send to a real user. Perhaps some of your asserts check your environment instead of your logic?

Any suggestion is highly appreciated.


/Peter


Thanks for the reply.

Like you said assert() is for debug, for my case the assert() call will
be removed in optimized compile, it only stays in the debug version.

One thing I want to make sure, let's say the function call is like
this:
func1()
--> func2()
--> func3()
In func3() I throw an exception, and func3() declares "throw
exception". Then in order for func1() to receive the exception, func2()
must declares "throw expetion". Is this right?

More details like this,

int func1(){
...
try {
func2();
}
catch excpetion {
...
}
}

int func2() throw exception {
^^^^^^^^^^^^^^^ ^ -- I must have this declaration,
right?
func3();
}

int func3() throw exception {
...
throw exception;
}

Jul 23 '05 #4

<li*****@hotmai l.com> wrote in message

Like you said assert() is for debug, for my case the assert() call will
be removed in optimized compile, it only stays in the debug version.

One thing I want to make sure, let's say the function call is like
this:
func1()
--> func2()
--> func3()
In func3() I throw an exception, and func3() declares "throw
exception". Then in order for func1() to receive the exception, func2()
must declares "throw expetion". Is this right?

More details like this,

int func1(){
...
try {
func2();
}
catch excpetion {
...
}
}

int func2() throw exception {
^^^^^^^^^^^^^^^ ^ -- I must have this declaration,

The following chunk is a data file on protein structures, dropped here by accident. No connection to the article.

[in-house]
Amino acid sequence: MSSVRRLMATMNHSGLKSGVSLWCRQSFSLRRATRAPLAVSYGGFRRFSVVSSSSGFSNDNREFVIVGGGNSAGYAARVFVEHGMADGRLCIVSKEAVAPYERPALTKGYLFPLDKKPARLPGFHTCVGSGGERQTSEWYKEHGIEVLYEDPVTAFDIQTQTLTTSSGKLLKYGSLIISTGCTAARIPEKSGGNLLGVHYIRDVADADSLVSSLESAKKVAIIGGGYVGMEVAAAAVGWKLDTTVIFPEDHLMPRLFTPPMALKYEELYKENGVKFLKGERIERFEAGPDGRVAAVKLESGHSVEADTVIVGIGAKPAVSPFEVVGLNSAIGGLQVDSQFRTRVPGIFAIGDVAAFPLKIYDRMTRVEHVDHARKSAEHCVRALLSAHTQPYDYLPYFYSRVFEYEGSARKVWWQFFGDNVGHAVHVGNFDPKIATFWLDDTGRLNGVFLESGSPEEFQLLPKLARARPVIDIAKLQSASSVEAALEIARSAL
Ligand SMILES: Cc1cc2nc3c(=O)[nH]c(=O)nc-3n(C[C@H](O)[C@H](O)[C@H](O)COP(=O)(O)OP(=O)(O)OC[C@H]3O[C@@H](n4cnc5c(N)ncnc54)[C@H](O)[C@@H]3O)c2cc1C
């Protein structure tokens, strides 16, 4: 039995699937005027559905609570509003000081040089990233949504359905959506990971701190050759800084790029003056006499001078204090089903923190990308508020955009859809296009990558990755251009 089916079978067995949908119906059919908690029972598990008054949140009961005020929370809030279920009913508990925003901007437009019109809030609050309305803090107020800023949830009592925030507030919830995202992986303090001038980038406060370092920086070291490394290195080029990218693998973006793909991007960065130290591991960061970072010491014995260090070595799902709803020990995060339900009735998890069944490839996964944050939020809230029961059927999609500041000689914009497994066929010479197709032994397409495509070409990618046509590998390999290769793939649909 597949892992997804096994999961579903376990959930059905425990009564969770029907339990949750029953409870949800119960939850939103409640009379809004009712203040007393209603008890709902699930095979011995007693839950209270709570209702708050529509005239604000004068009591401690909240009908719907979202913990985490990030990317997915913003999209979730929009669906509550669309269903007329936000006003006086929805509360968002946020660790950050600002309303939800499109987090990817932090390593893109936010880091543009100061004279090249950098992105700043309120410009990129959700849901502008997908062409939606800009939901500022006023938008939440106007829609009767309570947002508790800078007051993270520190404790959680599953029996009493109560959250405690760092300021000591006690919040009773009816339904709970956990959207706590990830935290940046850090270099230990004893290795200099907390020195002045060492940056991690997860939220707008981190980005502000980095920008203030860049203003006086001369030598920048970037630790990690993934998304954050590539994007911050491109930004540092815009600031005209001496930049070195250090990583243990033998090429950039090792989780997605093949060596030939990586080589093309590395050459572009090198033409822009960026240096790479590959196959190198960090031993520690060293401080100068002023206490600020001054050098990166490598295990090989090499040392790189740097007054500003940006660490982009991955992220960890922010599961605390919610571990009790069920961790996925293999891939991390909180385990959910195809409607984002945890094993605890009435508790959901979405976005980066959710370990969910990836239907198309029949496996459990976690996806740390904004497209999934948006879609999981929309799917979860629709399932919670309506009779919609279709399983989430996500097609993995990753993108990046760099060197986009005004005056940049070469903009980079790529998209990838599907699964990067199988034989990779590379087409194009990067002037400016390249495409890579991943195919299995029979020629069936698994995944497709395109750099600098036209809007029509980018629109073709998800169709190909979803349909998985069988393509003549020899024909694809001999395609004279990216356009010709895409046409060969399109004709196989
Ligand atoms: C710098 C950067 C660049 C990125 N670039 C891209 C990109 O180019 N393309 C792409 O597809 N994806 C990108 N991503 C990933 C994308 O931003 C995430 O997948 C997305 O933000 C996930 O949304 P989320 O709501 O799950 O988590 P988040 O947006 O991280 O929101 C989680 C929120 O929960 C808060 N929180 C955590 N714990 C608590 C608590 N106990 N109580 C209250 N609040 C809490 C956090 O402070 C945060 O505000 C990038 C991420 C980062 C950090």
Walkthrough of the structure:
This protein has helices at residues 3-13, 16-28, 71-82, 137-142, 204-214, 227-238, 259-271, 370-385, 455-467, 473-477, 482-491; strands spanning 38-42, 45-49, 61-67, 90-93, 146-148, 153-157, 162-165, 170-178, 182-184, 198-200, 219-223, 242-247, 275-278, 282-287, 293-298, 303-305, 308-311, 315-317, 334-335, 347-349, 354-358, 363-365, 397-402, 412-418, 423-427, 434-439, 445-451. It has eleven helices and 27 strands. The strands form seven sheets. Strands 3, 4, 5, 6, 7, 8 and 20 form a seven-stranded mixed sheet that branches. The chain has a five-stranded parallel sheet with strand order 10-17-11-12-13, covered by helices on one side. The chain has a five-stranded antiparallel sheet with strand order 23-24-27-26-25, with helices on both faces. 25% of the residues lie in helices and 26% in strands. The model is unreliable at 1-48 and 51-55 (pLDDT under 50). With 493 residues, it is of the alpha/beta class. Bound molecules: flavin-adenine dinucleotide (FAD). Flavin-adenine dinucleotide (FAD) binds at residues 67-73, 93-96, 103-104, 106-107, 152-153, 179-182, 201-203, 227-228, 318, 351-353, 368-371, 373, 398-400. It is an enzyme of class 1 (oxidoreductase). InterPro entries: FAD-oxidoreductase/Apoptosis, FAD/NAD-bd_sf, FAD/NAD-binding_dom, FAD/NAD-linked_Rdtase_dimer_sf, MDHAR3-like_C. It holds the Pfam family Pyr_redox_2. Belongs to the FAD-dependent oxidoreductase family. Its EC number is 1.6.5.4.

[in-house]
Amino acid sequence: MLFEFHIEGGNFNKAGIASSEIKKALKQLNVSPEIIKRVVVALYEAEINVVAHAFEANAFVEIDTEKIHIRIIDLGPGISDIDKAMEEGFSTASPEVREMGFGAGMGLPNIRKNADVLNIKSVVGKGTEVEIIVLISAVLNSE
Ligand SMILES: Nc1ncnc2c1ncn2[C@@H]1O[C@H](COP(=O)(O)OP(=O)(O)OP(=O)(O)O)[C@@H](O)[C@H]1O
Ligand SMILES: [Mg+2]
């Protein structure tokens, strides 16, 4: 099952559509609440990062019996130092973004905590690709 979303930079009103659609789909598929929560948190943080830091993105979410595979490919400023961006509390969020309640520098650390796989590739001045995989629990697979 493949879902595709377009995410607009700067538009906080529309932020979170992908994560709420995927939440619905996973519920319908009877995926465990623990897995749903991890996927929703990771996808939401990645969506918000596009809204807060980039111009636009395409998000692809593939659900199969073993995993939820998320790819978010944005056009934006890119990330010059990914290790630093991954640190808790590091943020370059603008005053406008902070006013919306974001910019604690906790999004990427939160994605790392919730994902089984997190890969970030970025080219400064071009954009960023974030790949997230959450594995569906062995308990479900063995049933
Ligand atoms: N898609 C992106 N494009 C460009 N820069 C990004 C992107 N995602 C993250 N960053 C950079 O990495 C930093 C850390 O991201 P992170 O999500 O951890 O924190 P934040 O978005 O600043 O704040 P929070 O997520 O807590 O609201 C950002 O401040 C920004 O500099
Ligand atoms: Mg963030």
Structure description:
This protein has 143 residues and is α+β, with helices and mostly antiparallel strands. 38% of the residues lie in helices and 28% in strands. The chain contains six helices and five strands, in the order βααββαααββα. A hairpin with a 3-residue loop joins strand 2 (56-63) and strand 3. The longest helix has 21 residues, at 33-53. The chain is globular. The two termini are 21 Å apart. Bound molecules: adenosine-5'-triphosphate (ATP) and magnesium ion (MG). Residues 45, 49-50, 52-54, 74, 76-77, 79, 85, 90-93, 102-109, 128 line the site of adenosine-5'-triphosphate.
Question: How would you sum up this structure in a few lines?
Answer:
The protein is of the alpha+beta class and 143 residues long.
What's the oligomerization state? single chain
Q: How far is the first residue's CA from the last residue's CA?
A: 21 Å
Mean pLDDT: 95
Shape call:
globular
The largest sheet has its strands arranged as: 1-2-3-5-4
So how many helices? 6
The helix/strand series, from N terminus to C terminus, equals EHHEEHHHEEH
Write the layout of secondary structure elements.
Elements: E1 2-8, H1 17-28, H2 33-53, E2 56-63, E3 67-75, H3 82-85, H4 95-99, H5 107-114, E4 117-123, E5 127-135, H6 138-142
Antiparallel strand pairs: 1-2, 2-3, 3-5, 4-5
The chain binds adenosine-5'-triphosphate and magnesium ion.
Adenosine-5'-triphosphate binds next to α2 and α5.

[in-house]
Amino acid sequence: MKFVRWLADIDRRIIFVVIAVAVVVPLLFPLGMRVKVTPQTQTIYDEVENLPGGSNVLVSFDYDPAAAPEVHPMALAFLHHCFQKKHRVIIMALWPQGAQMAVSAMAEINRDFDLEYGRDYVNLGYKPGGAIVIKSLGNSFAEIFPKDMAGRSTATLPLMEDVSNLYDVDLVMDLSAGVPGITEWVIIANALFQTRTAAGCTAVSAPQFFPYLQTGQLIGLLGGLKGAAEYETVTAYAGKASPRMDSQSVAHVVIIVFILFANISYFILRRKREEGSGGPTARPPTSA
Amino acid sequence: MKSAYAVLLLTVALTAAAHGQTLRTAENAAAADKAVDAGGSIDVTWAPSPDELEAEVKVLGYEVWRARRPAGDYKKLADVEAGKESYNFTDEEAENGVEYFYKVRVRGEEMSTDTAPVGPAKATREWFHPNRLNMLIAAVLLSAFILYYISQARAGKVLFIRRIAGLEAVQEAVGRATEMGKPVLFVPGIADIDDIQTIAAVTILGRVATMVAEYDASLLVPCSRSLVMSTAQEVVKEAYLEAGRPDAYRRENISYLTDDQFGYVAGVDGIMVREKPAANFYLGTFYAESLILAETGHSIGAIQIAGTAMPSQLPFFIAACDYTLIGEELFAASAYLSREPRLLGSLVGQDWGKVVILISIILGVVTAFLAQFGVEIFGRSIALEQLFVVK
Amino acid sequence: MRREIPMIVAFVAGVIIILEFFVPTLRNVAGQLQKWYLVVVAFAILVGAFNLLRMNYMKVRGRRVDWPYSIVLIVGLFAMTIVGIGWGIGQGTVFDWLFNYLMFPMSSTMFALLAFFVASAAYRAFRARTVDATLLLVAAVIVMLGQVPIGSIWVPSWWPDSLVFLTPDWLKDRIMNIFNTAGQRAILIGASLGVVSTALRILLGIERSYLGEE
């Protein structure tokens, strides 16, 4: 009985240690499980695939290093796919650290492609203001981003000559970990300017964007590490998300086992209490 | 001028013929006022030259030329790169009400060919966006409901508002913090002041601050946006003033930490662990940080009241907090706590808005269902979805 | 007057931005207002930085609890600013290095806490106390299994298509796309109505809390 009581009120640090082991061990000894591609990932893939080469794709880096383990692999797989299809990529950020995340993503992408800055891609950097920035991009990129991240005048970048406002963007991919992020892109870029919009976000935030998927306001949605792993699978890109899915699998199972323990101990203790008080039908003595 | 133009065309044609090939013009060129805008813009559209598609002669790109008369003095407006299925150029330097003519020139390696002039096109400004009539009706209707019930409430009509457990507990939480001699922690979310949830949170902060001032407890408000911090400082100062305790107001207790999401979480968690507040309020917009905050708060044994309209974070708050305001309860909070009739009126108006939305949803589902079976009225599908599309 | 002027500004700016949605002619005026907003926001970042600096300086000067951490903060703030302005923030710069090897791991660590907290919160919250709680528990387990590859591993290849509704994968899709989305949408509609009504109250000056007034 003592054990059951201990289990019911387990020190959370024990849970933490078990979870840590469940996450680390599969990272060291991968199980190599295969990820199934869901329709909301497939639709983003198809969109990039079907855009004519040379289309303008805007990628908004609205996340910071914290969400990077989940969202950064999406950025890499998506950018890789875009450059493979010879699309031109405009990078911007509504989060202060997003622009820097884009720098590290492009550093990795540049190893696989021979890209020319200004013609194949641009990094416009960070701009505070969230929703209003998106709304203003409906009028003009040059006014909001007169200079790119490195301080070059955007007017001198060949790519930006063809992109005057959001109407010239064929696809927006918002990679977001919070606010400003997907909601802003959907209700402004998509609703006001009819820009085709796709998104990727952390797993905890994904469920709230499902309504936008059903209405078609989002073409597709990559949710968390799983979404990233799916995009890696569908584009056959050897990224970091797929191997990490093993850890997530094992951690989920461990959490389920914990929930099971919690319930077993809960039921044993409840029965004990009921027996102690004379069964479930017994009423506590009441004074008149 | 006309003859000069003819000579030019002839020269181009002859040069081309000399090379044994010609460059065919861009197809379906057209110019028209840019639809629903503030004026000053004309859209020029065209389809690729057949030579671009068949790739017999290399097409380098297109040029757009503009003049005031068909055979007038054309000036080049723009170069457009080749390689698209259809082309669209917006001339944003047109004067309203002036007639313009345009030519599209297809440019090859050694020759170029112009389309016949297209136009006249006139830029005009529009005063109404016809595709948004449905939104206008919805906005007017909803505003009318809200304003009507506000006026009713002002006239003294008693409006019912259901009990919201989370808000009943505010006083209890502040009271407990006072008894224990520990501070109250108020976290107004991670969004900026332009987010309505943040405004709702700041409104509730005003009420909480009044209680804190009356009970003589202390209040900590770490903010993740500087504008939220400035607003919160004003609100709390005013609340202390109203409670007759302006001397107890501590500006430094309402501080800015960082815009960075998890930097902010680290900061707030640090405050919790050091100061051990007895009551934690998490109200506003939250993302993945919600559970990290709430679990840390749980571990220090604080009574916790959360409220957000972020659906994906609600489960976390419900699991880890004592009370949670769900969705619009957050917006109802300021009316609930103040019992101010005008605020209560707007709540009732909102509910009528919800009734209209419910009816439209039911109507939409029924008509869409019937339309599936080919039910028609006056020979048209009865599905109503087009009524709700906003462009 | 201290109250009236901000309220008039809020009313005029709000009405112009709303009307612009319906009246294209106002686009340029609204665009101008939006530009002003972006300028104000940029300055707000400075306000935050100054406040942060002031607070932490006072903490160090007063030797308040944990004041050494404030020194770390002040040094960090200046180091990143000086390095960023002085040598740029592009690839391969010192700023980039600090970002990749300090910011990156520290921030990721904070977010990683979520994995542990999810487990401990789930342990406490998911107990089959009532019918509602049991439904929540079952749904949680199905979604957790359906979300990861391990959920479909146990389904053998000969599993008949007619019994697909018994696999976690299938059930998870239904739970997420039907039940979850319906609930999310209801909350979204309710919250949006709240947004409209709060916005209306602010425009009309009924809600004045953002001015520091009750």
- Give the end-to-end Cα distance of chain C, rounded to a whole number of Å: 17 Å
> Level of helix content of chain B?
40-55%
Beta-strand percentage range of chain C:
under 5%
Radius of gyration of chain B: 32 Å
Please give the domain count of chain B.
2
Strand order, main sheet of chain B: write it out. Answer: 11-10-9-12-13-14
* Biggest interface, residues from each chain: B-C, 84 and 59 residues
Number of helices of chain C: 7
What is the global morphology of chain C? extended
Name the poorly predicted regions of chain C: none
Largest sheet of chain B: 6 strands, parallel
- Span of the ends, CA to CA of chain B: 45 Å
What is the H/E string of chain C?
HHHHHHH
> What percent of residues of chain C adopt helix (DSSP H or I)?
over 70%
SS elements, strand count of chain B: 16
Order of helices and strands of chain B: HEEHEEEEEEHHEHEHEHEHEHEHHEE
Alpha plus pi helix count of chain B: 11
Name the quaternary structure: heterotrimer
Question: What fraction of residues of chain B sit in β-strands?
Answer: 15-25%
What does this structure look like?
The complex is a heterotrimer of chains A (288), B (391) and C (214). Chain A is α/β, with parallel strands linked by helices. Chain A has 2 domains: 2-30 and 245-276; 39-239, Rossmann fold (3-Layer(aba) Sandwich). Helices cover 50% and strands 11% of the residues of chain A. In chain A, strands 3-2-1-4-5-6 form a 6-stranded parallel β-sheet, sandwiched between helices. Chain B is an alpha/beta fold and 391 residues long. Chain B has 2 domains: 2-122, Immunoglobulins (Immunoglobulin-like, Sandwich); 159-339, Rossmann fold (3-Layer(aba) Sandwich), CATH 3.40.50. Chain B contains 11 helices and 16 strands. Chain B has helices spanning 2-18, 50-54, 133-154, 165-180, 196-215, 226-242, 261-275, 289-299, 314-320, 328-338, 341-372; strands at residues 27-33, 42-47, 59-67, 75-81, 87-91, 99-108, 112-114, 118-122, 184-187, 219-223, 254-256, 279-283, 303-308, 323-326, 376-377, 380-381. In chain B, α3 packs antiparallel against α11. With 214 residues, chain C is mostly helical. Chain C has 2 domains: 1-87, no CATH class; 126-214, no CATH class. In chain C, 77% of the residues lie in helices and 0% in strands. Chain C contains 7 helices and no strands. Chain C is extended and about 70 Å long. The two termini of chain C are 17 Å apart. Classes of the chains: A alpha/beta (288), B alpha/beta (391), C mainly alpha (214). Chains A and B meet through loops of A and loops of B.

right?
func3();
}

int func3() throw exception {
...
throw exception;
}


Now you're talking about exception specifications. There is no requirement
that you provide exception specifications. Any function can throw an
exception, and any calling function can catch exceptions (either using the
catch-all "..." or the specific exception type). You do not have to declare
(nor have I ever used) exception specifications (unless of course that is
something your employer requires). Exception specifications do not actually
allow or prevent exceptions from being passed (or caught), but are rather
intended as a tool for programmers to use to know what exceptions *might* be
expected to be thrown out of a given function. But in practice, that may be
incredibly difficult to know for sure, and in the opinion of many (myself
included) they're just a waste of time.

-Howard

Jul 23 '05 #5
> While I will only have one catch statement on the very top, so in
order for the top function to receive the exception, I need to have
"throw exception" all the way from the deepest function in the stack.


Reading your description I do not think you will really benefit from
exceptions. The strength of exceptions is that they may be caught and
handled everywhere. If you only provide a top level catch clause (presumably
with some user interface telling that program is shutting down), you might
as well replace all asserts with a call to the function that does exactly
the same.

I do not see why you think that exceptions shut program more gracefully than
asserts. I believe it makes no difference whatsoever - the program just
crashes in both cases.

Moreover, it is often much easier to debug an assert-crashing program than
exception-crashing. The reason is the stack frame is still there in case of
assert, while in top-level exception handler it is already completely
unwound and useless. In other words you don't know where the exception is
coming from, unless you include that information in the exception itself.

cheers,
M.
Jul 23 '05 #6

Marcin Kalicinski wrote:
While I will only have one catch statement on the very top, so in
order for the top function to receive the exception, I need to have
"throw exception" all the way from the deepest function in the